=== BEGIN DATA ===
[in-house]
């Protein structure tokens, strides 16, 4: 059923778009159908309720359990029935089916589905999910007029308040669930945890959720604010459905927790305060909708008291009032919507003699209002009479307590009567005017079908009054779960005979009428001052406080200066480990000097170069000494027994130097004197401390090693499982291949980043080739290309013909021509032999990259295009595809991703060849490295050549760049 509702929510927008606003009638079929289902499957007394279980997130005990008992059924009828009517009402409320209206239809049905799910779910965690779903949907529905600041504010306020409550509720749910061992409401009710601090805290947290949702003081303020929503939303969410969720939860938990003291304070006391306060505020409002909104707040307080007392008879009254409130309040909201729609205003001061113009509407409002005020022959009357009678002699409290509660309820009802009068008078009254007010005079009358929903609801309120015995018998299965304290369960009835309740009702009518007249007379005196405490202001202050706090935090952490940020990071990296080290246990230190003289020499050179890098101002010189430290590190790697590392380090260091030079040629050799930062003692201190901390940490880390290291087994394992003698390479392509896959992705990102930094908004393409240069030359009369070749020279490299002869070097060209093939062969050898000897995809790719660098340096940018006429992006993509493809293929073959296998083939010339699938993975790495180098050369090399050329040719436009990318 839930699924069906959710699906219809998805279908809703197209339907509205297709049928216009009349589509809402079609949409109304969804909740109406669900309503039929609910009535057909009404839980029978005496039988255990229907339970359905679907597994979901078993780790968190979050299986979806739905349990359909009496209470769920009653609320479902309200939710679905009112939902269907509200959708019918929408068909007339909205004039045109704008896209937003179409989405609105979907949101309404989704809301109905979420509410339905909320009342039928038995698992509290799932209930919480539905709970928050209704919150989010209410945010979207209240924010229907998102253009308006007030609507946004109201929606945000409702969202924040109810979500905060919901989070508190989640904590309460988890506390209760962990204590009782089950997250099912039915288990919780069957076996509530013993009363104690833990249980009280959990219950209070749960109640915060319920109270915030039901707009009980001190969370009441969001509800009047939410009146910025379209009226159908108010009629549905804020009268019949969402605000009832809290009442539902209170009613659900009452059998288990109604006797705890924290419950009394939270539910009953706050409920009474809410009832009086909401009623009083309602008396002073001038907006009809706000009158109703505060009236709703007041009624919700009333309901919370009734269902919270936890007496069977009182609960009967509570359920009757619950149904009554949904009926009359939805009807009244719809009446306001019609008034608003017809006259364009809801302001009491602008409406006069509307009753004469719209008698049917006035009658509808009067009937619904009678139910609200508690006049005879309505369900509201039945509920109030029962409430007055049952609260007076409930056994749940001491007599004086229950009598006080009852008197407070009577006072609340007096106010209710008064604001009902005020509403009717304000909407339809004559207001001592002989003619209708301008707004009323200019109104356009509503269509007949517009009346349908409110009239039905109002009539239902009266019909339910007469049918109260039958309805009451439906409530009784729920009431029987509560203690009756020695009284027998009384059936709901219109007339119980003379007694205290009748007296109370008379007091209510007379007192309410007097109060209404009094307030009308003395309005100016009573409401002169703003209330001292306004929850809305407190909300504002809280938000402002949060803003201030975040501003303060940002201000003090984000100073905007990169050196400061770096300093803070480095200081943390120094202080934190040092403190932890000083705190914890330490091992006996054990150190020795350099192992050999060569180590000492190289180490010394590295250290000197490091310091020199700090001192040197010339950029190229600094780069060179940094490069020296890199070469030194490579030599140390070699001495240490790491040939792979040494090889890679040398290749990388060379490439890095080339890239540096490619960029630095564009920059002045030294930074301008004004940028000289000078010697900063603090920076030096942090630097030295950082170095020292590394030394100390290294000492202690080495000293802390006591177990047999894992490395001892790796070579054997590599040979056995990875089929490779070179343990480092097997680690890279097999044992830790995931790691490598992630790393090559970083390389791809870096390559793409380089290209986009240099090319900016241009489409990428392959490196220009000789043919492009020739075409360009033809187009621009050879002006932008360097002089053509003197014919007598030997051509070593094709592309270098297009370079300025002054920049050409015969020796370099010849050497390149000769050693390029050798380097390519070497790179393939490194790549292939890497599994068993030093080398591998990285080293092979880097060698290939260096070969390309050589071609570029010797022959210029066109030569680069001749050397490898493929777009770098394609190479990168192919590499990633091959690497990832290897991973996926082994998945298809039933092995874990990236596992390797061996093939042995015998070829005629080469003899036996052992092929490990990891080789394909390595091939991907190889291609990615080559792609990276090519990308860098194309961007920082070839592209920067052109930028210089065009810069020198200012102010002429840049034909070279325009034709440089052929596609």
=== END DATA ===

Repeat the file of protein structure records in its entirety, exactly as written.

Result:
[in-house]
């Protein structure tokens, strides 16, 4: 059923778009159908309720359990029935089916589905999910007029308040669930945890959720604010459905927790305060909708008291009032919507003699209002009479307590009567005017079908009054779960005979009428001052406080200066480990000097170069000494027994130097004197401390090693499982291949980043080739290309013909021509032999990259295009595809991703060849490295050549760049 509702929510927008606003009638079929289902499957007394279980997130005990008992059924009828009517009402409320209206239809049905799910779910965690779903949907529905600041504010306020409550509720749910061992409401009710601090805290947290949702003081303020929503939303969410969720939860938990003291304070006391306060505020409002909104707040307080007392008879009254409130309040909201729609205003001061113009509407409002005020022959009357009678002699409290509660309820009802009068008078009254007010005079009358929903609801309120015995018998299965304290369960009835309740009702009518007249007379005196405490202001202050706090935090952490940020990071990296080290246990230190003289020499050179890098101002010189430290590190790697590392380090260091030079040629050799930062003692201190901390940490880390290291087994394992003698390479392509896959992705990102930094908004393409240069030359009369070749020279490299002869070097060209093939062969050898000897995809790719660098340096940018006429992006993509493809293929073959296998083939010339699938993975790495180098050369090399050329040719436009990318 839930699924069906959710699906219809998805279908809703197209339907509205297709049928216009009349589509809402079609949409109304969804909740109406669900309503039929609910009535057909009404839980029978005496039988255990229907339970359905679907597994979901078993780790968190979050299986979806739905349990359909009496209470769920009653609320479902309200939710679905009112939902269907509200959708019918929408068909007339909205004039045109704008896209937003179409989405609105979907949101309404989704809301109905979420509410339905909320009342039928038995698992509290799932209930919480539905709970928050209704919150989010209410945010979207209240924010229907998102253009308006007030609507946004109201929606945000409702969202924040109810979500905060919901989070508190989640904590309460988890506390209760962990204590009782089950997250099912039915288990919780069957076996509530013993009363104690833990249980009280959990219950209070749960109640915060319920109270915030039901707009009980001190969370009441969001509800009047939410009146910025379209009226159908108010009629549905804020009268019949969402605000009832809290009442539902209170009613659900009452059998288990109604006797705890924290419950009394939270539910009953706050409920009474809410009832009086909401009623009083309602008396002073001038907006009809706000009158109703505060009236709703007041009624919700009333309901919370009734269902919270936890007496069977009182609960009967509570359920009757619950149904009554949904009926009359939805009807009244719809009446306001019609008034608003017809006259364009809801302001009491602008409406006069509307009753004469719209008698049917006035009658509808009067009937619904009678139910609200508690006049005879309505369900509201039945509920109030029962409430007055049952609260007076409930056994749940001491007599004086229950009598006080009852008197407070009577006072609340007096106010209710008064604001009902005020509403009717304000909407339809004559207001001592002989003619209708301008707004009323200019109104356009509503269509007949517009009346349908409110009239039905109002009539239902009266019909339910007469049918109260039958309805009451439906409530009784729920009431029987509560203690009756020695009284027998009384059936709901219109007339119980003379007694205290009748007296109370008379007091209510007379007192309410007097109060209404009094307030009308003395309005100016009573409401002169703003209330001292306004929850809305407190909300504002809280938000402002949060803003201030975040501003303060940002201000003090984000100073905007990169050196400061770096300093803070480095200081943390120094202080934190040092403190932890000083705190914890330490091992006996054990150190020795350099192992050999060569180590000492190289180490010394590295250290000197490091310091020199700090001192040197010339950029190229600094780069060179940094490069020296890199070469030194490579030599140390070699001495240490790491040939792979040494090889890679040398290749990388060379490439890095080339890239540096490619960029630095564009920059002045030294930074301008004004940028000289000078010697900063603090920076030096942090630097030295950082170095020292590394030394100390290294000492202690080495000293802390006591177990047999894992490395001892790796070579054997590599040979056995990875089929490779070179343990480092097997680690890279097999044992830790995931790691490598992630790393090559970083390389791809870096390559793409380089290209986009240099090319900016241009489409990428392959490196220009000789043919492009020739075409360009033809187009621009050879002006932008360097002089053509003197014919007598030997051509070593094709592309270098297009370079300025002054920049050409015969020796370099010849050497390149000769050693390029050798380097390519070497790179393939490194790549292939890497599994068993030093080398591998990285080293092979880097060698290939260096070969390309050589071609570029010797022959210029066109030569680069001749050397490898493929777009770098394609190479990168192919590499990633091959690497990832290897991973996926082994998945298809039933092995874990990236596992390797061996093939042995015998070829005629080469003899036996052992092929490990990891080789394909390595091939991907190889291609990615080559792609990276090519990308860098194309961007920082070839592209920067052109930028210089065009810069020198200012102010002429840049034909070279325009034709440089052929596609």